Song-writer behind Les Misérables the musical dies aged 95: Tributes pour in to Herbert Kretzmer who wrote world-famous words for stage show while working as Daily Mail’s TV critic
- Herbert Kretzmer, best known for his English-language adaptation of Les Misérables, has died aged 95
- The award-winning lyricist and journalist wrote weekly songs for the BBC’s That Was The Week That Was
- In a heartfelt tribute, fellow lyricist Sir Tim Rice described him as ‘a giant of his trade’, tweeting: ‘RIP Herbie’
The renowned lyricist and journalist Herbert Kretzmer who was best known for his English-language adaptation of the musical Les Misérables, has died at the age of 95.
Born in South Africa in 1925, Kretzmer moved to London in 1954 ‘with £150 in my pocket’ and embarked on a career as both a songwriter and journalist.
He went on to win two national press awards while working as a TV critic for the Daily Mail from 1979-87 and wrote weekly songs for the BBC’s groundbreaking satire show That Was The Week That Was.
He later won the prestigious Ivor Novello Award for the comedy song, Goodness Gracious Me, performed by Peter Sellers and Sophia Loren in 1989.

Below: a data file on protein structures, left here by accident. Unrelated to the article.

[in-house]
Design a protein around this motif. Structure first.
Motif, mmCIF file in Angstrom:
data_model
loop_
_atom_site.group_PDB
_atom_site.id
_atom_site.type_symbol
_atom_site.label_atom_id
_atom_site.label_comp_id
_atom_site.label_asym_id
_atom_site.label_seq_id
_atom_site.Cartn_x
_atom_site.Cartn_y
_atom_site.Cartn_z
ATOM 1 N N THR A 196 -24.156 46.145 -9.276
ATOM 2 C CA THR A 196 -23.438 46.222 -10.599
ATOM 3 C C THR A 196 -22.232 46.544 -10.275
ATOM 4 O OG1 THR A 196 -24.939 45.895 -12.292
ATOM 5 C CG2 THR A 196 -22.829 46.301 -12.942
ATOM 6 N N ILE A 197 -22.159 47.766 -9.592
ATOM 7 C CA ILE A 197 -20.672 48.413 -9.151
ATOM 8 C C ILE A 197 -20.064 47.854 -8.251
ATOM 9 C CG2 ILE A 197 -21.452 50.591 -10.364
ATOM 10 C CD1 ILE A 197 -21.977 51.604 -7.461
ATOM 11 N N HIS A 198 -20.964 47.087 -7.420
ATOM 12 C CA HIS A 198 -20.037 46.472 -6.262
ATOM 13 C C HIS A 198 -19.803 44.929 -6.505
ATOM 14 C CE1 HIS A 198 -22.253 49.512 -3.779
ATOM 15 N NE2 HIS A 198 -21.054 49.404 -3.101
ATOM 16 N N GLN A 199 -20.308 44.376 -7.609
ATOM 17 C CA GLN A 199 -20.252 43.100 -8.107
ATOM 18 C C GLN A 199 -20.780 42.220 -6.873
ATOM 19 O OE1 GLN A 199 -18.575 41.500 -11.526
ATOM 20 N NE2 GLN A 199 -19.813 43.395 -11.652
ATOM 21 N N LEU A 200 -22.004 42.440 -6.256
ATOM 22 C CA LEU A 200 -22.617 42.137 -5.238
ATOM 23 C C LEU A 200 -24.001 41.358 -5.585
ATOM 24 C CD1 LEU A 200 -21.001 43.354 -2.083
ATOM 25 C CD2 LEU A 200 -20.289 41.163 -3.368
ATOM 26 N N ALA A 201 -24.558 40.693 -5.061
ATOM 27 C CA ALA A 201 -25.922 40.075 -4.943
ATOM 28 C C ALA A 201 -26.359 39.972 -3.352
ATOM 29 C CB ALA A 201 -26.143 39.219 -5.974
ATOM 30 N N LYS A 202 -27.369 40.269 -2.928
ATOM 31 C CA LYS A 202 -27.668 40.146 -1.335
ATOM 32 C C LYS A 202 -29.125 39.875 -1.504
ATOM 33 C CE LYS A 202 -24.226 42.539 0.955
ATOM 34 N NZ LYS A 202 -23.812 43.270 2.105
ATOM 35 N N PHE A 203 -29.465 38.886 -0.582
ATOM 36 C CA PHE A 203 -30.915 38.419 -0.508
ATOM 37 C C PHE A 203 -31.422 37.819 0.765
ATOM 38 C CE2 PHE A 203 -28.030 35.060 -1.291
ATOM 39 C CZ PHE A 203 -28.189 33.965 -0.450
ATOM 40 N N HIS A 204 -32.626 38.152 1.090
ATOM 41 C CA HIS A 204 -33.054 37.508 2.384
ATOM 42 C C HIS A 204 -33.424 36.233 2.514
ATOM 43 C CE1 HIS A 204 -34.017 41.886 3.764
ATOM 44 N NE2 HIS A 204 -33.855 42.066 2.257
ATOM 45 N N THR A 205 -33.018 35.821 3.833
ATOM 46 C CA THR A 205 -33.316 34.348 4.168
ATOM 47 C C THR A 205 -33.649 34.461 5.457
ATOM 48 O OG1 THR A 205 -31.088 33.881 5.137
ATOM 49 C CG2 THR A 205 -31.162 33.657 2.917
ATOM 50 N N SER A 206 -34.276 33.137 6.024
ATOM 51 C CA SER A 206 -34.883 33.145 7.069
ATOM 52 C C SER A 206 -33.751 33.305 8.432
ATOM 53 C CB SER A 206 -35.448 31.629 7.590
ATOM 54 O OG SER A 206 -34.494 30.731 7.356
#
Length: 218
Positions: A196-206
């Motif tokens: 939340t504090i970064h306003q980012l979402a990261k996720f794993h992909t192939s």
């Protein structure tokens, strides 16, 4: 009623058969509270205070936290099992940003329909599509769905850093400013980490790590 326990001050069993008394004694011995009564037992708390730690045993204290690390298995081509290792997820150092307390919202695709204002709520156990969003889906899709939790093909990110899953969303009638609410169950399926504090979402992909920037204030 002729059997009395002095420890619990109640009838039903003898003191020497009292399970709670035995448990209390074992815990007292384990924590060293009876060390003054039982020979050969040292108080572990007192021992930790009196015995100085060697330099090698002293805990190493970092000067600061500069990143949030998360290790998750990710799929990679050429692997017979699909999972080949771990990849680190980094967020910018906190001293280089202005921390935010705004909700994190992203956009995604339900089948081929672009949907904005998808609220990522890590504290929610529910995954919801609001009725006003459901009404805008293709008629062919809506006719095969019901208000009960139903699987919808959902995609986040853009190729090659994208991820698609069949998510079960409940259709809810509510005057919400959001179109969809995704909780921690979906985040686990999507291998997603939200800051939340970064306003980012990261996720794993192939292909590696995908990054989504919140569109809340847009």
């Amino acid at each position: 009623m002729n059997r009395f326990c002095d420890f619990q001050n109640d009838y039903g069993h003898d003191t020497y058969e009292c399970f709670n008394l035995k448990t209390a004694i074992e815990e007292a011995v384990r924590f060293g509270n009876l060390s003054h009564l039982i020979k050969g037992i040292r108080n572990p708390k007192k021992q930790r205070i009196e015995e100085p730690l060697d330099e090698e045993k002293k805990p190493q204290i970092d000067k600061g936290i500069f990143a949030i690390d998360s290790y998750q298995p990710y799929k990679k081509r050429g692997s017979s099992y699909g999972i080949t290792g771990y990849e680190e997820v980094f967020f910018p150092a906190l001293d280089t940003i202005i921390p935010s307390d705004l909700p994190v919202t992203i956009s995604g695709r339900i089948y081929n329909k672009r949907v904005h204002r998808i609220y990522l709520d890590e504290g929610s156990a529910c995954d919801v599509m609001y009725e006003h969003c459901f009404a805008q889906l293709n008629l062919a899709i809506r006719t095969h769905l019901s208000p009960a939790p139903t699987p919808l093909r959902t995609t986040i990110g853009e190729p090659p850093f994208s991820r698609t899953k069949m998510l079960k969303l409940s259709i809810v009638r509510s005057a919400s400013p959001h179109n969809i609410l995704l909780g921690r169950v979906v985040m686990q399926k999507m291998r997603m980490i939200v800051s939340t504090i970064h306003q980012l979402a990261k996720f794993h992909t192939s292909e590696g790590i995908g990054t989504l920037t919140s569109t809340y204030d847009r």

But he was perhaps best known for penning the score for the stage version of Victor Hugo’s 1862 novel, including the iconic ballad, ‘I dreamed a dream.’
His work on Les Mis – now the longest running West End musical of all time – garnered him praised around the world and earned him Tony and Grammy awards.
He graced the stage of the Golden Globes in 2013, when, aged 87, he stood arm-in-arm with actress Anne Hathaway as the cast scooped a string of awards.
Sir Tim Rice is among those who has paid a heartfelt tribute to Kretzmer, calling him a ‘giant of his trade.’
Sir Tim tweeted: ‘The great lyricist and man of theatre and popular song, Herbert Kretzmer, has died. From Les Mis to She, TW3, Goodness Gracious Me and so much more he was a giant of his trade. RIP Herbie.’
Lyricist and journalist Herbert Kretzmer, pictured here at the opening night of Cameron Mackintosh’s production of ‘Les Miserables’ on Broadway at The Imperial Theatre in 2014